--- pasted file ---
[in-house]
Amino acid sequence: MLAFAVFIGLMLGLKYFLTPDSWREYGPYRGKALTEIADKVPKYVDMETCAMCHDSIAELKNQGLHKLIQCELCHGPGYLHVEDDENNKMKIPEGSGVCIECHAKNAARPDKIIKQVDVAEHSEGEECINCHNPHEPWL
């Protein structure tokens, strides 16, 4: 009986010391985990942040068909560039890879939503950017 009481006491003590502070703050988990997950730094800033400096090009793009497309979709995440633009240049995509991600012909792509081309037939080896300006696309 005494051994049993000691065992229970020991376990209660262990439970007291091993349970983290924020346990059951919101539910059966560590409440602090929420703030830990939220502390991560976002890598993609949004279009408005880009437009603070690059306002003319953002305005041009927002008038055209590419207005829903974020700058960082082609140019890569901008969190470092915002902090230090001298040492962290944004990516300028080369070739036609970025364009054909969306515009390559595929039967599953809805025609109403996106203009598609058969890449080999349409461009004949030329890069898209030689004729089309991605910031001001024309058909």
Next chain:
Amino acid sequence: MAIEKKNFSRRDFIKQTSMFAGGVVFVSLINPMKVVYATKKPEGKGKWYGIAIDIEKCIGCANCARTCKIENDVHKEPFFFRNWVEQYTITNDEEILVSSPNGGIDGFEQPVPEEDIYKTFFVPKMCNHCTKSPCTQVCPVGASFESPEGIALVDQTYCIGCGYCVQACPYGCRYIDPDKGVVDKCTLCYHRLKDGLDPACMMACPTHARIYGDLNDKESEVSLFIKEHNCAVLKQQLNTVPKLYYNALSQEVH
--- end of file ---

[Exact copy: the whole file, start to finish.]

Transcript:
[in-house]
Amino acid sequence: MLAFAVFIGLMLGLKYFLTPDSWREYGPYRGKALTEIADKVPKYVDMETCAMCHDSIAELKNQGLHKLIQCELCHGPGYLHVEDDENNKMKIPEGSGVCIECHAKNAARPDKIIKQVDVAEHSEGEECINCHNPHEPWL
């Protein structure tokens, strides 16, 4: 009986010391985990942040068909560039890879939503950017 009481006491003590502070703050988990997950730094800033400096090009793009497309979709995440633009240049995509991600012909792509081309037939080896300006696309 005494051994049993000691065992229970020991376990209660262990439970007291091993349970983290924020346990059951919101539910059966560590409440602090929420703030830990939220502390991560976002890598993609949004279009408005880009437009603070690059306002003319953002305005041009927002008038055209590419207005829903974020700058960082082609140019890569901008969190470092915002902090230090001298040492962290944004990516300028080369070739036609970025364009054909969306515009390559595929039967599953809805025609109403996106203009598609058969890449080999349409461009004949030329890069898209030689004729089309991605910031001001024309058909």
Next chain:
Amino acid sequence: MAIEKKNFSRRDFIKQTSMFAGGVVFVSLINPMKVVYATKKPEGKGKWYGIAIDIEKCIGCANCARTCKIENDVHKEPFFFRNWVEQYTITNDEEILVSSPNGGIDGFEQPVPEEDIYKTFFVPKMCNHCTKSPCTQVCPVGASFESPEGIALVDQTYCIGCGYCVQACPYGCRYIDPDKGVVDKCTLCYHRLKDGLDPACMMACPTHARIYGDLNDKESEVSLFIKEHNCAVLKQQLNTVPKLYYNALSQEVH